Friday, November 24, 2017
Gateway to Sikhism


Spirit of Guru Gobind Singhji & Triumph of the Khalsa

Dr. Kuldip Singh

To understand the ethos of the Khalsa Panth brought to a grand finale by Guru Gobind Singhji it would help us to recall and analyse the first triumph of the Khalsa in 1704.
At the Vaisakhi of 1699 Guruji had sent message all over for one year that Sikhs should gather in large numbers. He introduced the “Baptismal of the Sword” (Khanda) i.e. Pahul Khandedhar. The Persian historian and scribe, Ghulam Muhiud-Din sent Aurangzeb a copy of the Guru’s sermon : “Let all embrace one creed and obliterate difference of religion. Let the four Hindu castes who have different rules for their guidance abandon them all, and opt the one form of Lord; adoration, and become brothers. Let no one deem himself superior to another . let men of the four castes receive my baptism, eat out of one dish .” He further reported : “When the Guru had addressed the crowd, several Brahmins and Khatris stood up and said that they would never accept any religion which was opposed to the teachings of the Vedas and Shastras and they would not renounce the ancient faith which had descended to them from their ancestors".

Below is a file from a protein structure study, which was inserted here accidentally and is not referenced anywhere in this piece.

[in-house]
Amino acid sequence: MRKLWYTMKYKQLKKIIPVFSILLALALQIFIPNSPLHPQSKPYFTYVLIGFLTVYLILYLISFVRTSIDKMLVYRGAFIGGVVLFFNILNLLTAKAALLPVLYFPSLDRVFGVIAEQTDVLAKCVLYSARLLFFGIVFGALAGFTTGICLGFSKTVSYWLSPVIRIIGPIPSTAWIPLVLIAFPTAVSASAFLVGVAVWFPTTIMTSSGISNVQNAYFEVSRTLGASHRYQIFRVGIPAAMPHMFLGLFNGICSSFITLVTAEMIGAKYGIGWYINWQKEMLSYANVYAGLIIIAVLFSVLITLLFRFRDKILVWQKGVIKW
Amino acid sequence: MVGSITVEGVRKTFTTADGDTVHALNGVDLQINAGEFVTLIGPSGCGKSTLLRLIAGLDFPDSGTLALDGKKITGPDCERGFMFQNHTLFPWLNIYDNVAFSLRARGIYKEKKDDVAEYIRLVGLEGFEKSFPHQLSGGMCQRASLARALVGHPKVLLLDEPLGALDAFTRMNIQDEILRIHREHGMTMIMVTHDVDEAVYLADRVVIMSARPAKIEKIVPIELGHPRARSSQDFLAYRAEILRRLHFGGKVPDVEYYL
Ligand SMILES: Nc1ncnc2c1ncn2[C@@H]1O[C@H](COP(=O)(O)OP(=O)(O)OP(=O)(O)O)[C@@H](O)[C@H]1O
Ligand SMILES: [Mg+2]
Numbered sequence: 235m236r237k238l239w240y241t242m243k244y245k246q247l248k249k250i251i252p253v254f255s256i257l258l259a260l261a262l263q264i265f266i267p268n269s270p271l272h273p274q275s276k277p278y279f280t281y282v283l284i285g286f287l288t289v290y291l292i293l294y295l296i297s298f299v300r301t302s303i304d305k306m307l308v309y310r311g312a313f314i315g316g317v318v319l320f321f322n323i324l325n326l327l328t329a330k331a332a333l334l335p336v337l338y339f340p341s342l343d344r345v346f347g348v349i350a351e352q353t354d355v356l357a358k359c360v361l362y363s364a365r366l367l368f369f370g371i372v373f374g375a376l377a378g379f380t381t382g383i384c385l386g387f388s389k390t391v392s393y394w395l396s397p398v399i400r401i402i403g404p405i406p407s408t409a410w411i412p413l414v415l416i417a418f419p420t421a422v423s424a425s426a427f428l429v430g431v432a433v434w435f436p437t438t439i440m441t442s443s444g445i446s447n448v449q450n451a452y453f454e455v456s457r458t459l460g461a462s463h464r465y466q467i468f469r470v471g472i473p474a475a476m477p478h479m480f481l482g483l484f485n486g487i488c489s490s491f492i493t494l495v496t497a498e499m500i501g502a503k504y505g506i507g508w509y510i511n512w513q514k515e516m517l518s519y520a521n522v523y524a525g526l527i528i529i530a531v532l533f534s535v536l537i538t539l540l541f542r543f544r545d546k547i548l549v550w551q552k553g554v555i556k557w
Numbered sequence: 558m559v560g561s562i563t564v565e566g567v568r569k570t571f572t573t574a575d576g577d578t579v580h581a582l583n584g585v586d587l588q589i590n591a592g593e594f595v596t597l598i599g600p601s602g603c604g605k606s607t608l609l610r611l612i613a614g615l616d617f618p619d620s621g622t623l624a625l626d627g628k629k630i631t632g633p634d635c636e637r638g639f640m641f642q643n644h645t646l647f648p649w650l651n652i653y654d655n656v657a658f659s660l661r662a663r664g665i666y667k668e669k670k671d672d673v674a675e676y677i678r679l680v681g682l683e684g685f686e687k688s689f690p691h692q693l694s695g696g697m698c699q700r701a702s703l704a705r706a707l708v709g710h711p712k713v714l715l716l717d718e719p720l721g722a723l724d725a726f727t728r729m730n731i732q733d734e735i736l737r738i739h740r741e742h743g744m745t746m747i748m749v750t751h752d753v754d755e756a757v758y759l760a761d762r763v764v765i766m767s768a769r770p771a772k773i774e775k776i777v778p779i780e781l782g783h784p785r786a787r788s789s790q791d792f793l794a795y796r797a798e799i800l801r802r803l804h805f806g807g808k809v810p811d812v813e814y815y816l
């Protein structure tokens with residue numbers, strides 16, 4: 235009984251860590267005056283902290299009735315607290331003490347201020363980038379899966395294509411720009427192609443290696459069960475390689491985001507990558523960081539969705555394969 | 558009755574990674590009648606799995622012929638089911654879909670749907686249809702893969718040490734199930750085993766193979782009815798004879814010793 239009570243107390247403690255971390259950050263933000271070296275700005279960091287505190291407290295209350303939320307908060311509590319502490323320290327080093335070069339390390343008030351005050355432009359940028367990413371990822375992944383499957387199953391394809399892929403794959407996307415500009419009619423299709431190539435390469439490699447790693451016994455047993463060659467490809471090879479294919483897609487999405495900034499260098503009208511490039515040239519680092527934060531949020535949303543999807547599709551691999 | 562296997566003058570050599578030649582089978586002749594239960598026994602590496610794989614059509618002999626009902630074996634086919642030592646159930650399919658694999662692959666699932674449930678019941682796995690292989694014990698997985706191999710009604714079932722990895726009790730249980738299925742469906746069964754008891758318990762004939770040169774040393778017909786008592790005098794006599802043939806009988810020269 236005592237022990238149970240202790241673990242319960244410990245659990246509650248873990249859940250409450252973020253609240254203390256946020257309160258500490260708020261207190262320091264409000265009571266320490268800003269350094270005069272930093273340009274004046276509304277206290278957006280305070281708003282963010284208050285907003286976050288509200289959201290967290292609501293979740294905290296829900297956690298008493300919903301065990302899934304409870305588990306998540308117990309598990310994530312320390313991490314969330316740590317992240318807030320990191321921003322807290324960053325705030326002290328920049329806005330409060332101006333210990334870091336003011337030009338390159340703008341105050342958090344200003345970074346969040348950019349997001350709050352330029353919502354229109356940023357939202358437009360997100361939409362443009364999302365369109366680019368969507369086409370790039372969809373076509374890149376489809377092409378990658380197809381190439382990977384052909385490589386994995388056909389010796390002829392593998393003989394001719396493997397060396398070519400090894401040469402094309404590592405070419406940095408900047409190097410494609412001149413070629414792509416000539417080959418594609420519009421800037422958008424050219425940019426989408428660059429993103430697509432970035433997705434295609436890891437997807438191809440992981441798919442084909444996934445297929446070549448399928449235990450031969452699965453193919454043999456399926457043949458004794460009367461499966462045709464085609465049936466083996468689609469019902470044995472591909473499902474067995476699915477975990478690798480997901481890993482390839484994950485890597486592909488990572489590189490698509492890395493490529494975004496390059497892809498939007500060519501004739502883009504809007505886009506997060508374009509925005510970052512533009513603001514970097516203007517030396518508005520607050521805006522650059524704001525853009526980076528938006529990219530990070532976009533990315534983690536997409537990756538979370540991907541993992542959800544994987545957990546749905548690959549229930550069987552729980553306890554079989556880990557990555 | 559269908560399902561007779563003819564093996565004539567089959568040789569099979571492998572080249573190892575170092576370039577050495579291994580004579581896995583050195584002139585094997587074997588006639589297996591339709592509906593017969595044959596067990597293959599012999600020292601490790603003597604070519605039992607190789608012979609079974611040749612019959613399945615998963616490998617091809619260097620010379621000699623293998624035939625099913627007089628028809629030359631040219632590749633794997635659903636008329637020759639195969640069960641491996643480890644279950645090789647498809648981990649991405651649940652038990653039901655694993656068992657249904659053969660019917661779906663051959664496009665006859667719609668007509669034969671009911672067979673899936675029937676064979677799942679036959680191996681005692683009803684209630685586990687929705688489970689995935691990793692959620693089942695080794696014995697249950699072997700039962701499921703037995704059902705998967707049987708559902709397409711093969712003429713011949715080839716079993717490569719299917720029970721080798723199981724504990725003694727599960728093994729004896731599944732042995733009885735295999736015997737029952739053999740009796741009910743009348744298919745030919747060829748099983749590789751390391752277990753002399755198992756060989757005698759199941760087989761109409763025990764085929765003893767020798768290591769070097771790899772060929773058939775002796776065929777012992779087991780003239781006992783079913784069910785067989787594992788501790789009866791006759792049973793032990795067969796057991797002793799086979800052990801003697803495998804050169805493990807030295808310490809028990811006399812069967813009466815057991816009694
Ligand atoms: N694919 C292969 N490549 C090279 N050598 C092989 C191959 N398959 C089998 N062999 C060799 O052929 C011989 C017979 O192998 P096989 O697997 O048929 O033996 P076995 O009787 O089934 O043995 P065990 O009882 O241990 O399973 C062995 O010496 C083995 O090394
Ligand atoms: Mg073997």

The Guru continued to address the assembled rajas : “How has your religious, political, and social status degenerated ! You have abandoned the worship of True God and addressed your devotions to many gods, goddesses, rivers, trees and animals. Through ignorance you know not how to govern your territories; through indolence and vice you disregard the interest of your subjects. You place over them officials who not only hate you, but are your mortal enemies. In your quarrels over caste and lineage you have not adhered to the ancient division of Hinduism into just four sections, but you have made hundreds of subcastes and degraded humanity. You despise and loathe one another through your narrow prejudices, and you act contrary to the wishes of the great Almighty Father. Your morals have become so perverted that, through fear and with a desire to please your rulers, you give them your daughters to gratify their lust. Self-respect finds no place in your thoughts and you have forgotten the history of your sires. I am intensely concerned over your fallen state. Are you not ashamed to call yourself Rajputs when the rulers seize your wives and daughters before your very eyes? Your temples have been demolished and mosques built on their sites; and many of your faith have been forcibly converted to Islam. If you still possess a trace of bravery and the ancient spirit of your race, then listen to my advice, embrace the Khalsa religion, and gird up your loins to elevate the fallen condition of your country". Upon this, the rajas departed without accepting the Guru’s proposal to embrace his Khalsa Panth for the existing religious systems. “Brethren, this Khalsa is a new - fangled institution for which we have no scriptural authority,” Raja Ajmer Chand of Bilaspur replied, “Great King, you must let us worship our idols and shave our head on the occasion of a death in our family.” (M. A. Macauliffe: V 93 - 101; H. R. Gupta: I - 280- 281).